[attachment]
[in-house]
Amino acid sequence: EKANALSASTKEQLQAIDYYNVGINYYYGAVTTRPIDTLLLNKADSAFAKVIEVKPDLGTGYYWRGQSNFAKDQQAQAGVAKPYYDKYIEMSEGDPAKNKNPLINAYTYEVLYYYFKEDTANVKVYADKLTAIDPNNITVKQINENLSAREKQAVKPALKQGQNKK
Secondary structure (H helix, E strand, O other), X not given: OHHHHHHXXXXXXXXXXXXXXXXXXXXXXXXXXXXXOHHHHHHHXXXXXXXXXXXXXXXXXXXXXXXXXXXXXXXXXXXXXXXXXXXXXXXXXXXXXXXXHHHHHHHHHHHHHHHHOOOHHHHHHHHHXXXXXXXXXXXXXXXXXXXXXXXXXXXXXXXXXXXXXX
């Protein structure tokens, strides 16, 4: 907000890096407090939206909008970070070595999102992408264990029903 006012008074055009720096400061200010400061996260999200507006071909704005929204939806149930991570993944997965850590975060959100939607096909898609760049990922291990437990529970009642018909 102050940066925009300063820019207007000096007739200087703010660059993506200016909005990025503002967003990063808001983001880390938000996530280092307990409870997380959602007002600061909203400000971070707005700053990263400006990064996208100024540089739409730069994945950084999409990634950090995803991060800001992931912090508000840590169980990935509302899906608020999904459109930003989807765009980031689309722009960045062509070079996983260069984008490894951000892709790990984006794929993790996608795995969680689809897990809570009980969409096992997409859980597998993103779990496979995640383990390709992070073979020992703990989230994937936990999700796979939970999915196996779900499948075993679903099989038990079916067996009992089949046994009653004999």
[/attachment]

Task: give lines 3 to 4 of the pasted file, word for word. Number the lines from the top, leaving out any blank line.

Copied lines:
Secondary structure (H helix, E strand, O other), X not given: OHHHHHHXXXXXXXXXXXXXXXXXXXXXXXXXXXXXOHHHHHHHXXXXXXXXXXXXXXXXXXXXXXXXXXXXXXXXXXXXXXXXXXXXXXXXXXXXXXXXHHHHHHHHHHHHHHHHOOOHHHHHHHHHXXXXXXXXXXXXXXXXXXXXXXXXXXXXXXXXXXXXXX
């Protein structure tokens, strides 16, 4: 907000890096407090939206909008970070070595999102992408264990029903 006012008074055009720096400061200010400061996260999200507006071909704005929204939806149930991570993944997965850590975060959100939607096909898609760049990922291990437990529970009642018909 102050940066925009300063820019207007000096007739200087703010660059993506200016909005990025503002967003990063808001983001880390938000996530280092307990409870997380959602007002600061909203400000971070707005700053990263400006990064996208100024540089739409730069994945950084999409990634950090995803991060800001992931912090508000840590169980990935509302899906608020999904459109930003989807765009980031689309722009960045062509070079996983260069984008490894951000892709790990984006794929993790996608795995969680689809897990809570009980969409096992997409859980597998993103779990496979995640383990390709992070073979020992703990989230994937936990999700796979939970999915196996779900499948075993679903099989038990079916067996009992089949046994009653004999």